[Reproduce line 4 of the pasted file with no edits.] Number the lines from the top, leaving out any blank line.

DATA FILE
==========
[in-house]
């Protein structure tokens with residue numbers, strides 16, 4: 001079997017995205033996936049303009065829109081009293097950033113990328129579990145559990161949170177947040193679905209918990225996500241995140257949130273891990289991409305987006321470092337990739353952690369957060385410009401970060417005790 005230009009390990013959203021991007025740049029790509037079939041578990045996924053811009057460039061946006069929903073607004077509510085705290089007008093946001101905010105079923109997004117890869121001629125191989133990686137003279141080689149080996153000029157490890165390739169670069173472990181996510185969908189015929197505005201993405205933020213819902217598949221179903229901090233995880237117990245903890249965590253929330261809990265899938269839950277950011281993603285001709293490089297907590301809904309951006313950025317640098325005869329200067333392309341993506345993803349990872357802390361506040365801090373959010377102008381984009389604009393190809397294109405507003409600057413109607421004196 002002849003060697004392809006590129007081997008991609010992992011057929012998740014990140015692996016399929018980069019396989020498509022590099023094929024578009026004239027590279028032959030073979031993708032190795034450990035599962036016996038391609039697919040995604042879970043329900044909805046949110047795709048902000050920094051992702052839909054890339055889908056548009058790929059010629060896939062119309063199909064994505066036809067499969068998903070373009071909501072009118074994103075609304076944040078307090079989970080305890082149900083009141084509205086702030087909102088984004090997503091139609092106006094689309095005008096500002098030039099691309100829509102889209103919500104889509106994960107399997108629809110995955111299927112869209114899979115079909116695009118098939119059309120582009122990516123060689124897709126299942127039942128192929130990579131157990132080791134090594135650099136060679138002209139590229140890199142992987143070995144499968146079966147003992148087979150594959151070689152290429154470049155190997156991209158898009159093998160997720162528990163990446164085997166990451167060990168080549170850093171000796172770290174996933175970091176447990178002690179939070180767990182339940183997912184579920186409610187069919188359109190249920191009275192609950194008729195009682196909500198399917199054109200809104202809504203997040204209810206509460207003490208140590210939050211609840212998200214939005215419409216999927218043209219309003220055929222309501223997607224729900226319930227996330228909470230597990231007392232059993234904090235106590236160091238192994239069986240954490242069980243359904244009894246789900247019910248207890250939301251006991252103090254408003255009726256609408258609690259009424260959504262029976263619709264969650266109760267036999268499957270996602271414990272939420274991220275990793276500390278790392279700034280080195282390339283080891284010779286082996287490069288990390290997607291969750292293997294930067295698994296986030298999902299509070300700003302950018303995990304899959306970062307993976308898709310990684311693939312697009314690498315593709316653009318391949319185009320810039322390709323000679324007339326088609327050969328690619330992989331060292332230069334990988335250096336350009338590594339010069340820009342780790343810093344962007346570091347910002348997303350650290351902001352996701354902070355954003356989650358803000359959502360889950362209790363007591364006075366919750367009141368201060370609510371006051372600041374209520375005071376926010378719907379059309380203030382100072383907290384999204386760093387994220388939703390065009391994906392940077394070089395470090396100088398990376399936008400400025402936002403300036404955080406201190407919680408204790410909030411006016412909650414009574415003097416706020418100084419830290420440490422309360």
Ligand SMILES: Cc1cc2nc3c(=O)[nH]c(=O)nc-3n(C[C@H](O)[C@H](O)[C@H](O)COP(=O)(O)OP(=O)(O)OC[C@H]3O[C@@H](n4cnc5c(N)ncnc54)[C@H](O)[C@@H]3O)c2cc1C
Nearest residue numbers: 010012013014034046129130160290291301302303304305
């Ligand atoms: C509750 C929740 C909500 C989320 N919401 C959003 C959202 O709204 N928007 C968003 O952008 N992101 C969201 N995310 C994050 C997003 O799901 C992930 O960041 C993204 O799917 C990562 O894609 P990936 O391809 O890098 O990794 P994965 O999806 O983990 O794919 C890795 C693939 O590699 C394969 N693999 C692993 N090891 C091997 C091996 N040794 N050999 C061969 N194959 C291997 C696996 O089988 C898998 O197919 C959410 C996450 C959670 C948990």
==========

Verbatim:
Nearest residue numbers: 010012013014034046129130160290291301302303304305